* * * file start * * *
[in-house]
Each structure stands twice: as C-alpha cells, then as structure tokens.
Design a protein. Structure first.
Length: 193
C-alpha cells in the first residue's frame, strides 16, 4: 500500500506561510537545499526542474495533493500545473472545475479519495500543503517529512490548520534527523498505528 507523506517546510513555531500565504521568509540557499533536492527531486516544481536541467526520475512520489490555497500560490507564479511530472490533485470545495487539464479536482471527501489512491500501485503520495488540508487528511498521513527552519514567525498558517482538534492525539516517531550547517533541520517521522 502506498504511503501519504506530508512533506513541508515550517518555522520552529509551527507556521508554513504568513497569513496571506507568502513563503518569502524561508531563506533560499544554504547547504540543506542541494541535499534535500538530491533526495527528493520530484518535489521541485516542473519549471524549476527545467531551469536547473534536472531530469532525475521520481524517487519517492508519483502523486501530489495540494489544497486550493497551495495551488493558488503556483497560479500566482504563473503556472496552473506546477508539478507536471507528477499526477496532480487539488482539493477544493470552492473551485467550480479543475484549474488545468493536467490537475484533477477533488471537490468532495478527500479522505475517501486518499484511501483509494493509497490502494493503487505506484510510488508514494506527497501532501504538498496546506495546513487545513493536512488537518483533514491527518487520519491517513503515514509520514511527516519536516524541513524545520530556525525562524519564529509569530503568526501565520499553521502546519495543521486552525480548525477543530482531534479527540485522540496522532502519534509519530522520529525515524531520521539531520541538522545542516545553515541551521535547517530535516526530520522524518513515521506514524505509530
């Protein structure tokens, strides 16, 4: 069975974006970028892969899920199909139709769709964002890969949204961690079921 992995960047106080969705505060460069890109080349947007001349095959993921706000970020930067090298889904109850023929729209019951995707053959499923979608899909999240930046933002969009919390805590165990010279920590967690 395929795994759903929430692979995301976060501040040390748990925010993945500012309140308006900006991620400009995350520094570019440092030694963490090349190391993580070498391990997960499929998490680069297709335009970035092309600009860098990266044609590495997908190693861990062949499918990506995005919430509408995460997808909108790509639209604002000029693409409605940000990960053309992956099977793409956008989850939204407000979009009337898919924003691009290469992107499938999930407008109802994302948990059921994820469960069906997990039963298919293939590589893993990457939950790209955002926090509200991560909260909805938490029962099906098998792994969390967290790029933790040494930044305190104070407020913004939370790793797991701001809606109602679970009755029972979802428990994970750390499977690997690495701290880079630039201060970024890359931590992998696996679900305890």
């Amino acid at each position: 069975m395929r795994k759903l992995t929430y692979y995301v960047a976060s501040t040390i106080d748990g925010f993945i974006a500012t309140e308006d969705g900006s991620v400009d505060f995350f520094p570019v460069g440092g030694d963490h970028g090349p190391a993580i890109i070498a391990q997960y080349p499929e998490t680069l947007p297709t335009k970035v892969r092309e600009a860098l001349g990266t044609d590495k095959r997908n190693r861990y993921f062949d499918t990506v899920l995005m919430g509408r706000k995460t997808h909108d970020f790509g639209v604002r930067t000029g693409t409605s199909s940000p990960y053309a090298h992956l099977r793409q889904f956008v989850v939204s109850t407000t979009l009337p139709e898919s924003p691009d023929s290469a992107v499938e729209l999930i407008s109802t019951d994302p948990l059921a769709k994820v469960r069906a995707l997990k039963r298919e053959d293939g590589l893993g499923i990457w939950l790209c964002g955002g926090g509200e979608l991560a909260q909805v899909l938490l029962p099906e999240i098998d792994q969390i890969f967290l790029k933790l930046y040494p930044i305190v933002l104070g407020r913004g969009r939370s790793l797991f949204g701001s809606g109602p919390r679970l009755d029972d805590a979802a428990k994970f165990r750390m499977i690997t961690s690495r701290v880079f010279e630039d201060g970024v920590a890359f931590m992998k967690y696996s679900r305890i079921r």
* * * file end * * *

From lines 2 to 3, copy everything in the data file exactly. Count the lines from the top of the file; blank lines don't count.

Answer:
Each structure stands twice: as C-alpha cells, then as structure tokens.
Design a protein. Structure first.